Gardeners tour lavendar farm

List categories for fair flower show

SIDNEY — Members and guests of the Rainbow Gardeners met at the Nine-Mile Lavender Farm near Urbana recently for an informative talk and tour by owner, Angie Pumphrey.

Five years ago, after passing the farm for several years on her way to work, Pumphrey quit her job, and she and her husband made a decision to purchase the lavender farm and expand it. They added a beautifully landscaped pond and renovated the somewhat neglected lavender plants. New lavender and other Mediterranean herbs including sage and thyme were also planted.

Pumphrey discussed the specialized growing conditions needed to assure successful harvests. First of all, lavender should be planted in elevated hills with organic matter, limestone and sand added to create the soil that lavender prefers, she said. The slight elevation helps keep lavender dryer by exposing it to wind. Mulching with gravel keeps moisture from collecting at the crown while reflecting heat. It also makes pulling weeds much easier. Lavender doesn’t do well in clay soil because of poor drainage.

During their first year, young lavender plants should not be allowed to bloom. The focus should be on developing a strong root system and a compact plant. Although there are several cultivars, two of the best for this area are English lavenders (augustifolia), Hidcote and Munstead. Both are hardy for the Zone 6 climate, and both are less susceptible to diseases caused by high humidity.

Growing lavender from seed is a lengthy and often unsuccessful process. It is far easier to take cuttings from the green part of the plant in the spring. The cut should be made just below a nodule. Strip the leaves from the bottom of the cutting and remove any flowers. Dip the end in a powdered rooting hormone or willow water, a natural rooting hormone. Place the cutting deep into a container filled with potting mix or vermiculite. Check for root development after two weeks by tugging gently on the top part of the cutting. Allow roots to grow for about a month, after which time it should be ready to plant.

Layering is another method of propagation. This is done by bending a stem down to soil level and scraping off a bit of the stem where it meets the ground. Hold it in place with a garden staple or rock. Roots will develop where the stem touches the ground. After a few months, the new plant can be cut from the parent plant and transplanted.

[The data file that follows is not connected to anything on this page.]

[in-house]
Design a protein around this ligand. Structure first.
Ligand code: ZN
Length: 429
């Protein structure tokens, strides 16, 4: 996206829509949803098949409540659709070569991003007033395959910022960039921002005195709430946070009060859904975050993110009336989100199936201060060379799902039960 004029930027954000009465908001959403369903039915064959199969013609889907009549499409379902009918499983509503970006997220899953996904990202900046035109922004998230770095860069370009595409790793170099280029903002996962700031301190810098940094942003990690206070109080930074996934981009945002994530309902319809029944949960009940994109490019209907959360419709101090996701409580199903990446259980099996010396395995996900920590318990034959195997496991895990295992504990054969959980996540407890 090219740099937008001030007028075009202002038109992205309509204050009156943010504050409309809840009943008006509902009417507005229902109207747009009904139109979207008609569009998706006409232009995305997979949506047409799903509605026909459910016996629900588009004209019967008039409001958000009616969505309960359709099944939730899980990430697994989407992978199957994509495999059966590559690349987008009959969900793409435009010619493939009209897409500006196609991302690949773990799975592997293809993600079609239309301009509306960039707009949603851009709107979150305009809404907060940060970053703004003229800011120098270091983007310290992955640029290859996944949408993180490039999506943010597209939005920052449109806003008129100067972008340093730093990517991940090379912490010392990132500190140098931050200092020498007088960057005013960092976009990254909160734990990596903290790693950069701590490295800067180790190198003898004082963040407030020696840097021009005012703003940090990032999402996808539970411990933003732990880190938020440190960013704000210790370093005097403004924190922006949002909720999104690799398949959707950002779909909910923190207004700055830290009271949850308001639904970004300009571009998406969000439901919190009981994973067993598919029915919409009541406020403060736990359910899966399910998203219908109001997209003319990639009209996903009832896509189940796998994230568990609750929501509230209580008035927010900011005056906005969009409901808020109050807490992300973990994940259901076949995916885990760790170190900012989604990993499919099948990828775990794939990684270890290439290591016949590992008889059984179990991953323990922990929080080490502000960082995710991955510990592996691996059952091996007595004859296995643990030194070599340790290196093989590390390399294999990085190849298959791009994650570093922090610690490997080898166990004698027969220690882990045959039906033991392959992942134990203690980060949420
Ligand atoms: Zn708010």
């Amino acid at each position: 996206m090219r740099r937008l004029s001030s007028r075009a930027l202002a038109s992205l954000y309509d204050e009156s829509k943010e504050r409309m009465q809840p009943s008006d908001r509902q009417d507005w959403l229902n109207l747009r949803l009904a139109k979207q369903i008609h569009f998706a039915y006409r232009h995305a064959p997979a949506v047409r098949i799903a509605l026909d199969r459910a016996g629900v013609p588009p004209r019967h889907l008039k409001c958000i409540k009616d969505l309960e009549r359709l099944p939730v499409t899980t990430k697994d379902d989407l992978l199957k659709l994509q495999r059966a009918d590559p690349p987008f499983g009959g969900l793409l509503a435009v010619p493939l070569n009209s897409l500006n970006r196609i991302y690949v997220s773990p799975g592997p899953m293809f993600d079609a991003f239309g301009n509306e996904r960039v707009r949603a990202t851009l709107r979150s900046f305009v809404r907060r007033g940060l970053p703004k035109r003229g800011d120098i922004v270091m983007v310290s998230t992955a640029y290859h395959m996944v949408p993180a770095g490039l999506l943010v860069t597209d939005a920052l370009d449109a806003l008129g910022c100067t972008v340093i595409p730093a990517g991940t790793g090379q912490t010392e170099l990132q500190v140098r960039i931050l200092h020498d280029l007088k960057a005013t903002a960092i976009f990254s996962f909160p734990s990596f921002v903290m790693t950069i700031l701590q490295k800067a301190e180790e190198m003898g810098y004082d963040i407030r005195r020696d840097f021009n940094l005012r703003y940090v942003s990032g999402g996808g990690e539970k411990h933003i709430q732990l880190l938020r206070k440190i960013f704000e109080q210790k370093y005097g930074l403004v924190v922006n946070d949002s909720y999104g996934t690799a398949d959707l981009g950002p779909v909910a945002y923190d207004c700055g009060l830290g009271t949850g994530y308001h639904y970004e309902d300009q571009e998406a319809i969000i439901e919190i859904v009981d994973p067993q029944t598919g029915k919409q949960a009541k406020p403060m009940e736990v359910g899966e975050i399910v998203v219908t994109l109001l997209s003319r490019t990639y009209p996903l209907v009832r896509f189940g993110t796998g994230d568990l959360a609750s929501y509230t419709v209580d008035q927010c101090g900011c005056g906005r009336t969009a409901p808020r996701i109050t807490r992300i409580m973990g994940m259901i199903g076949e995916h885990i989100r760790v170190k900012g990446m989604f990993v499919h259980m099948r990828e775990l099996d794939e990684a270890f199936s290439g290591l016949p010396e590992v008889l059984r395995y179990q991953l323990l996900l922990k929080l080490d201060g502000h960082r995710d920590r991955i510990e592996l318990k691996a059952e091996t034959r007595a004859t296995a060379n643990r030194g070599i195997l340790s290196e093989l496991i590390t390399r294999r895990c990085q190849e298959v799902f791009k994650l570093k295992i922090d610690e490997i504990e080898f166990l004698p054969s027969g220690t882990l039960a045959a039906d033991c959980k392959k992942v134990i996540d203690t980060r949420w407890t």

Division is the third way that lavender can be propagated. Mature lavender plants can be divided in late winter or during the dormant stage. If the plant is very old or almost dead anyway, this can be a way of reviving it. Pumphrey added that some growers are able to take cuttings and root them in water, but she has found that this doesn’t seem to work well for her.

There are very few insect pests and diseases that affect lavender, but Pumphrey has found damage from bird’s nests, rabbits, moles and Canada geese. She keeps ducks in her pond which tend to discourage, but not eliminate, Canada geese. Rain and lack of sunshine are the worst conditions, since lavender will not bloom if it gets too much rain.

Mature lavender plants flower for three to four weeks in June or July, at which time stems can be cut for drying or used fresh in potpourri, soaps, oils and in cooking and baking. Pumphrey specializes in making essential oil and an array of cosmetics and soaps from the lavender she grows. Starting with a batch of fresh lavender blooms that are picked early in the morning, she uses a still with distilled water and a separator. Water is brought to a temperature of 200 degrees, at which time it steams. The oil and water are then allowed drip into separate containers. Each batch takes 20 to 30 minutes to make. The leftover lavender in the brew pot is cooled and used as mulch.

Additional uses for lavender include insect repellant and anti-itch oil, relaxing or calming aid, cooking and baking ingredient, additive for bath water and laundry, antiseptic and anti-bacterial agent, dry or chapped skin reliever and many more. Dark lavender flowers and buds without stems are generally used in foods; lighter lavender with optional stems are good in soaps.

Rainbow Gardener President Janice Michael reported that the Shelby County Fair Flower Show schedule had been misprinted in the premium book. The overall rules and the listing for specimens is correct, but all of the artistic designs were listed from 2017.

The theme for this year’s flower show is “The Secret Garden,” and correct categories for 2018 are as follows:

Adult Artistic Design, Class 1105

1. The Golden Key: a design using gold

2. The Garden Walls: a vertical design not to exceed 30” in height

3. Brown and Weedy: a design using primarily dried materials

4. In a Row: a horizontal design not to exceed 30” in length

5. Hidden from View: Designer’s Choice

6. Spring Awakening: a green monochromatic design

7. A Budding Friendship: a design using two or more connected containers

8. A Daily Walk through the Garden: a multi-rhythmic design

9. Leaving India: using tropical

10. Heather on the Moors: a design using purple plant material

Junior Class Artistic Design, Class 1106

1. A Little Girl in a Big House: a small design not to exceed 8 inches in height or width

2. A Disobedient Child: Designer’s choice

3. Robin Redbreast: a design using red

Visit the Rainbow Gardeners’ Facebook page or contact a member for more information.

List categories for fair flower show